“Do you like World Vision, Mom?”
“Yes honey, why?”
“Well, some of my friends were talking about The 30 Hour Famine and they seemed upset about something.”
“When we lived in Africa, we had friends who worked for World Vision and did really important work in many countries in Africa."
Staring out at the lake sipping cappuccino, that and other conversations came back to me. From my tall café chair alone at a table for two, my attention is drawn to others sitting nearby who were either tapping on a laptop, thumbing on a cell phone or swiping at a tablet. The woman sitting at the table next to me picks up her smart phone, holds up one finger to the friend sitting across from her, and responds to it, mid-sentence. Her friend didn’t seem to feel any slight, just picked up her own and started tapping.
My phone beeps and I see that I have a new email. The subject line indicates a response from a friend about World Vision’s decision regarding hiring couples in same-sex marriages and reversal of that position after a public outcry. After reading it, I googled “World Vision’s decision and subsequent reversal” and found a few interesting blog posts.
Stretching my neck out around the corner, I spy Artist reading, Engineer fiddling with his robot, while the other children were playing cards, “Uno!” I heard one of them say.
I smile and tap, “World Vision.” Thoughtfully, talking to myself as I read, “Hmm, it seems that people are upset about even the reversal.”
Because four of our six children will participate in the 30 Hour Famine soon, I get their attention, “Children, listen to this. This is from World Vision’s own Website. Do you know what the controversy is?”
Engineer answers, “Yes, Pastor talked to our Sunday School class last week about it.”
The rest didn’t understand, so I read the entire statement to them, “What do you think?”
“I think they made a mistake, but I think they did the right thing in fixing it,” Artist is quick to answer.
Engineer wonders aloud, “I think perhaps they may have just caved into the pressure of their supporters.”
“I think it’s the exact opposite, that, like, they realize they made a mistake and they tried to fix it and do what the Bible says they should,” remarked Artist.
“I don’t know their exact line of thinking, but I think they realized they did something wrong,” from Compassion.
The rest of the discussion was lively and as I looked back at my computer screen to see an email from my husband, currently in Senegal, West Africa, weighing in on the topic before we made our final decision as a family. He responded:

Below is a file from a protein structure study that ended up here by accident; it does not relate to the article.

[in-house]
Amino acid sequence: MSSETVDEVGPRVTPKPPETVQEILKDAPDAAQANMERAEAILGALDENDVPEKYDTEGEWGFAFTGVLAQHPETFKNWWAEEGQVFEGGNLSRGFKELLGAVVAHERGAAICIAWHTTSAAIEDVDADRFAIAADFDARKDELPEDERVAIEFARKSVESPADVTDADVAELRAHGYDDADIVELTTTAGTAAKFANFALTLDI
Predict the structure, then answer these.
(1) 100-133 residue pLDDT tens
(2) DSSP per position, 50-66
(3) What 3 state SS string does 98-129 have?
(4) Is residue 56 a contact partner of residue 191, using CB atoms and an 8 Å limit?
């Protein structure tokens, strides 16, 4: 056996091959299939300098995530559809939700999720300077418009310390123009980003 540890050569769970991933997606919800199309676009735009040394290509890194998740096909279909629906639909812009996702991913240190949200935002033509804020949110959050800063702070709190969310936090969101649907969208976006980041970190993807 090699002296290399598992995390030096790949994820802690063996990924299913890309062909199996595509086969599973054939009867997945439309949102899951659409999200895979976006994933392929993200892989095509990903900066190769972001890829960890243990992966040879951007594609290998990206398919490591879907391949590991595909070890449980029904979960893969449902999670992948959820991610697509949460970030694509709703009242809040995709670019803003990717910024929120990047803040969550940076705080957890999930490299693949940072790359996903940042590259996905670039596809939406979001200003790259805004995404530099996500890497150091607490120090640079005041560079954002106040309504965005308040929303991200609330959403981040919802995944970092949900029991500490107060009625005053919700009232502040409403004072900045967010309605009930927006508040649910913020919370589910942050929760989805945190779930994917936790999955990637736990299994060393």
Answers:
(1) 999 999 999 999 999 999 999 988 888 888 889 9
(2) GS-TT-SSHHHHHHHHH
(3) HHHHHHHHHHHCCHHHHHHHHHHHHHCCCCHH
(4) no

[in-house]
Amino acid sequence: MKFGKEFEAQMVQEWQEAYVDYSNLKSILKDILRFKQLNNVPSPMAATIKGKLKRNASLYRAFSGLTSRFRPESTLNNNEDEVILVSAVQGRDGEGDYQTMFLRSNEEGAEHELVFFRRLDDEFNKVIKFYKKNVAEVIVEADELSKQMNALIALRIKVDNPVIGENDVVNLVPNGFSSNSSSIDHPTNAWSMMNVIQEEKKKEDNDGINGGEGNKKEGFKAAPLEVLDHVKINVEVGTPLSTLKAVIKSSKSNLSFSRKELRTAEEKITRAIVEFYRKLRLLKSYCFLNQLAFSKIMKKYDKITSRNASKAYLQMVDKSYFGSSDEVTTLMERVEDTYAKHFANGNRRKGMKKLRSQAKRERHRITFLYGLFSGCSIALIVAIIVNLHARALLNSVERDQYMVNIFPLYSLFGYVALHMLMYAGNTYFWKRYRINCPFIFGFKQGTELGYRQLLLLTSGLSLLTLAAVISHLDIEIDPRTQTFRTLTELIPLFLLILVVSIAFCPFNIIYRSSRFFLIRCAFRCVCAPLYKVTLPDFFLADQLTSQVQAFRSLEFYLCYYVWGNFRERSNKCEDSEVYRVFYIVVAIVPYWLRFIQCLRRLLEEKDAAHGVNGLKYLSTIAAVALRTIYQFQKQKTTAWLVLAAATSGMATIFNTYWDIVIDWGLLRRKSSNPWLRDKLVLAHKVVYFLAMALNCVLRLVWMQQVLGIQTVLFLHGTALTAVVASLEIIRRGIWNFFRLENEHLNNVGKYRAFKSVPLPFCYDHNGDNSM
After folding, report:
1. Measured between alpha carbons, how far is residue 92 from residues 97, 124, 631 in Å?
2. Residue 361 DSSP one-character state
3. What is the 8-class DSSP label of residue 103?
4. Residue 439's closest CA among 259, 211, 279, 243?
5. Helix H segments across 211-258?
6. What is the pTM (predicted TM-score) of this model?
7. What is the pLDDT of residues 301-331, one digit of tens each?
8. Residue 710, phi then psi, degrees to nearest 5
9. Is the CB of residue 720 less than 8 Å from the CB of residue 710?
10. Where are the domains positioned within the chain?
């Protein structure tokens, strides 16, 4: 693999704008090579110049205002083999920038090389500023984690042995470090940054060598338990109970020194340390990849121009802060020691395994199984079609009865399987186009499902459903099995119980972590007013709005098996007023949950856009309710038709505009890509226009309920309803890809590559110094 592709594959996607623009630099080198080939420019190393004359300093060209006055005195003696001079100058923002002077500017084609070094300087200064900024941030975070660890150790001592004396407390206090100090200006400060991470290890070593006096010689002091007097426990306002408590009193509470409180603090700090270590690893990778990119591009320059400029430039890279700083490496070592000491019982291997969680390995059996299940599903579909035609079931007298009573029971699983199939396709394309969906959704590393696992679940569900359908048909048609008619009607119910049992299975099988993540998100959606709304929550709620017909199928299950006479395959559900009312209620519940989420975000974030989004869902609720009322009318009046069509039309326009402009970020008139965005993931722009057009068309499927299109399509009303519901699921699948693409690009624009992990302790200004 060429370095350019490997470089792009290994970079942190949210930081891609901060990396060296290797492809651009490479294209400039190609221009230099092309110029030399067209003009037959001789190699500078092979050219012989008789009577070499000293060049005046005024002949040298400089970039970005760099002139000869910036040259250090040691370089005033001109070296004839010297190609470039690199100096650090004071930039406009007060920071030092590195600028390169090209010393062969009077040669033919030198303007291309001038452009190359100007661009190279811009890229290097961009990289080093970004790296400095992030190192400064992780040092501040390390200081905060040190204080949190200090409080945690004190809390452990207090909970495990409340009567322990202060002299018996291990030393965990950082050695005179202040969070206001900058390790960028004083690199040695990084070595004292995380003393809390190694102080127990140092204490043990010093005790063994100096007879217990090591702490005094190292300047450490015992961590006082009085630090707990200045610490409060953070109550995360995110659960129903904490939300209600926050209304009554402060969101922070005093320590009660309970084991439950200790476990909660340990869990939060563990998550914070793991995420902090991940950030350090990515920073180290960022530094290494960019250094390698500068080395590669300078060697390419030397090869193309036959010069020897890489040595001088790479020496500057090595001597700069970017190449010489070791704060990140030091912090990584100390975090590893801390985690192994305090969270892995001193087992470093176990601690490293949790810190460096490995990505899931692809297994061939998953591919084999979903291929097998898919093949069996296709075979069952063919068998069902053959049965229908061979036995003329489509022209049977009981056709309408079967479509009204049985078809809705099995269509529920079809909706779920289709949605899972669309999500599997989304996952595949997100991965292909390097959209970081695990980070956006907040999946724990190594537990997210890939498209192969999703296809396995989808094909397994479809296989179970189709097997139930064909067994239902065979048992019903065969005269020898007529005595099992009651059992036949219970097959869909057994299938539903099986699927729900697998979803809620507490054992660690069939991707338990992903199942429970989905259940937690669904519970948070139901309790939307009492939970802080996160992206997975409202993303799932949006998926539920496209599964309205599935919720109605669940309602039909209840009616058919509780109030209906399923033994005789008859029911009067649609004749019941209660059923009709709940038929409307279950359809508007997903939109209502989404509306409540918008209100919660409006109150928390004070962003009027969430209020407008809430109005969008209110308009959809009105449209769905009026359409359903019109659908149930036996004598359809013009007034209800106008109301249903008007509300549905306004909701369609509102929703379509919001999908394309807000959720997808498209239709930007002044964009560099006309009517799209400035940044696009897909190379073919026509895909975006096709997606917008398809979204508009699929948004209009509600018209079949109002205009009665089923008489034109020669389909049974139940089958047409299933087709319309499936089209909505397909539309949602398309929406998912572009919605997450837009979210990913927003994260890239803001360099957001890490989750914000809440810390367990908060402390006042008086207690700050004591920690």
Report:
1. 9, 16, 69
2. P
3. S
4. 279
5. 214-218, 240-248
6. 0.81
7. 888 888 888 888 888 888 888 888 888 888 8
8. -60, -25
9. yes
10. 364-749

“At its core, this is a controversial political and social issue that doesn't really affect what the kids are going to do for the people who need their help. I understand the need to take a stand and to be careful about where our money goes. I respect the right of those who feel it violates their conscience to withdraw from the project. But would anybody at [our church] be willing to look those undernourished (mostly African) kids in the eye and say that we're withholding our assistance now because we're taking a moral stand? The kids and the families who need help could not care less who marries whom in World Vision's staff. They just want the help. And when they get the help, once their physical needs are met, they just might be willing to listen to the Gospel from the people who helped them, regardless of what they think about gay marriage. To quote [our niece, missionary kid in a third world country], ‘this is such a first world issue.’”
Taking another sip, reflecting on what I am seeing around me, I log onto my Facebook account to catch up with friends. One has posted that she would make lasagna for dinner, another friend’s son would graduate from high school next month. I click through another’s vacation photos. As if struck by lightning, I consider, "How many of those African children will have more than one meal today, graduate high school or will have a photo taken of them by a proud parent?" I am no better but today I need to do something different, so I post "For God so loved the world..."
The opinions expressed by authors may not necessarily reflect the opinion of FaithWriters.com.
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